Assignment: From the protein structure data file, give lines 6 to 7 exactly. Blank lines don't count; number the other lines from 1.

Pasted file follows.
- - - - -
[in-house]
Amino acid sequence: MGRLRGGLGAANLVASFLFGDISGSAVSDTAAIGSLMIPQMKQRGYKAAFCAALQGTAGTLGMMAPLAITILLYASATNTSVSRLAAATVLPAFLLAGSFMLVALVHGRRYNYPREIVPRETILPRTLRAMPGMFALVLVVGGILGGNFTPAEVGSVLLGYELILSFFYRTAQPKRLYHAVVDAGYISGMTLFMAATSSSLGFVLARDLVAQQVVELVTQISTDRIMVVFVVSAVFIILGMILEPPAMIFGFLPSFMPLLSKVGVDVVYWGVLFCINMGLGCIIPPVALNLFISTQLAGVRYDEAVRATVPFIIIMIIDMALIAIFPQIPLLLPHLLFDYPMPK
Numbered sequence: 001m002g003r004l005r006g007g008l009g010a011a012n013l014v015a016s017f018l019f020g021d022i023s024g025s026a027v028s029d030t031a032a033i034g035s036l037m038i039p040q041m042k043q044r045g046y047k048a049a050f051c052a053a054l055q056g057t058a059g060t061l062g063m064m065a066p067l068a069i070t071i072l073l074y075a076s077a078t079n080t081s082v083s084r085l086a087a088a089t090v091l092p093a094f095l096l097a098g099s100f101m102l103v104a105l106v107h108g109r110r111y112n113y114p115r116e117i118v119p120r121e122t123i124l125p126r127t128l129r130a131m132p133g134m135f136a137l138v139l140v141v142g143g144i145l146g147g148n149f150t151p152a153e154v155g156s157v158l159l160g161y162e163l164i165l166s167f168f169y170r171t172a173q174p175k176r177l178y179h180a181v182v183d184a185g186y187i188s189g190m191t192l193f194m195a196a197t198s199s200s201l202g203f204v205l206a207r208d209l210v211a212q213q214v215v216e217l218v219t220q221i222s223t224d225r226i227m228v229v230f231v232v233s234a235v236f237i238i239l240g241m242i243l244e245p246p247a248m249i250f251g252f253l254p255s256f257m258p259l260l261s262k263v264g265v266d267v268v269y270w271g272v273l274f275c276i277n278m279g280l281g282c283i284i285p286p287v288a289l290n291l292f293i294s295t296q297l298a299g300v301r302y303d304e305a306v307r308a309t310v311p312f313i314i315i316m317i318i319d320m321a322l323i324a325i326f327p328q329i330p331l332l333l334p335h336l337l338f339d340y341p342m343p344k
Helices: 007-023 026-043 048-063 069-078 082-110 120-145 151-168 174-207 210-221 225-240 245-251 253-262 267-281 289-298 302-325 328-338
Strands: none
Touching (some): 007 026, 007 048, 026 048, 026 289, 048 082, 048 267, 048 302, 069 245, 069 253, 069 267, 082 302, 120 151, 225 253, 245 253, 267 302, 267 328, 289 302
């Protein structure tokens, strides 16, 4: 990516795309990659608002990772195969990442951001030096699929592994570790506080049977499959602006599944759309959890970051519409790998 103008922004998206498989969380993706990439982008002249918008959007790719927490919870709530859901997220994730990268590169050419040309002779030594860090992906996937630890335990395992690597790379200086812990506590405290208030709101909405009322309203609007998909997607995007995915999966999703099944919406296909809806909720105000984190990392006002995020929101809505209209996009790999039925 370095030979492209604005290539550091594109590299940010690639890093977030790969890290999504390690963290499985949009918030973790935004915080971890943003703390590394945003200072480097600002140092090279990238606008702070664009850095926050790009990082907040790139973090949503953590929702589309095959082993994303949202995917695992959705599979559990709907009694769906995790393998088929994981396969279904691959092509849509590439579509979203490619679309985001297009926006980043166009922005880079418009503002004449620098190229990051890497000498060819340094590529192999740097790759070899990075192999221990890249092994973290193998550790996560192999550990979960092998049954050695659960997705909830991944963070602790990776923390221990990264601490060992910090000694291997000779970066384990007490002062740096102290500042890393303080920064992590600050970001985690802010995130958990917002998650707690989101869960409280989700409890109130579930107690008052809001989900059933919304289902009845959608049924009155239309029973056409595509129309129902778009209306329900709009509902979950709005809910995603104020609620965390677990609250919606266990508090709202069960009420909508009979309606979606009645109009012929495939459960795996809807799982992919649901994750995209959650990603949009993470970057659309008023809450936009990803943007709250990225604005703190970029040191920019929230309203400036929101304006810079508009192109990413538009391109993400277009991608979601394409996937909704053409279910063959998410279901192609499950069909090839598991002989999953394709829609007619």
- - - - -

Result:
Touching (some): 007 026, 007 048, 026 048, 026 289, 048 082, 048 267, 048 302, 069 245, 069 253, 069 267, 082 302, 120 151, 225 253, 245 253, 267 302, 267 328, 289 302
């Protein structure tokens, strides 16, 4: 990516795309990659608002990772195969990442951001030096699929592994570790506080049977499959602006599944759309959890970051519409790998 103008922004998206498989969380993706990439982008002249918008959007790719927490919870709530859901997220994730990268590169050419040309002779030594860090992906996937630890335990395992690597790379200086812990506590405290208030709101909405009322309203609007998909997607995007995915999966999703099944919406296909809806909720105000984190990392006002995020929101809505209209996009790999039925 370095030979492209604005290539550091594109590299940010690639890093977030790969890290999504390690963290499985949009918030973790935004915080971890943003703390590394945003200072480097600002140092090279990238606008702070664009850095926050790009990082907040790139973090949503953590929702589309095959082993994303949202995917695992959705599979559990709907009694769906995790393998088929994981396969279904691959092509849509590439579509979203490619679309985001297009926006980043166009922005880079418009503002004449620098190229990051890497000498060819340094590529192999740097790759070899990075192999221990890249092994973290193998550790996560192999550990979960092998049954050695659960997705909830991944963070602790990776923390221990990264601490060992910090000694291997000779970066384990007490002062740096102290500042890393303080920064992590600050970001985690802010995130958990917002998650707690989101869960409280989700409890109130579930107690008052809001989900059933919304289902009845959608049924009155239309029973056409595509129309129902778009209306329900709009509902979950709005809910995603104020609620965390677990609250919606266990508090709202069960009420909508009979309606979606009645109009012929495939459960795996809807799982992919649901994750995209959650990603949009993470970057659309008023809450936009990803943007709250990225604005703190970029040191920019929230309203400036929101304006810079508009192109990413538009391109993400277009991608979601394409996937909704053409279910063959998410279901192609499950069909090839598991002989999953394709829609007619």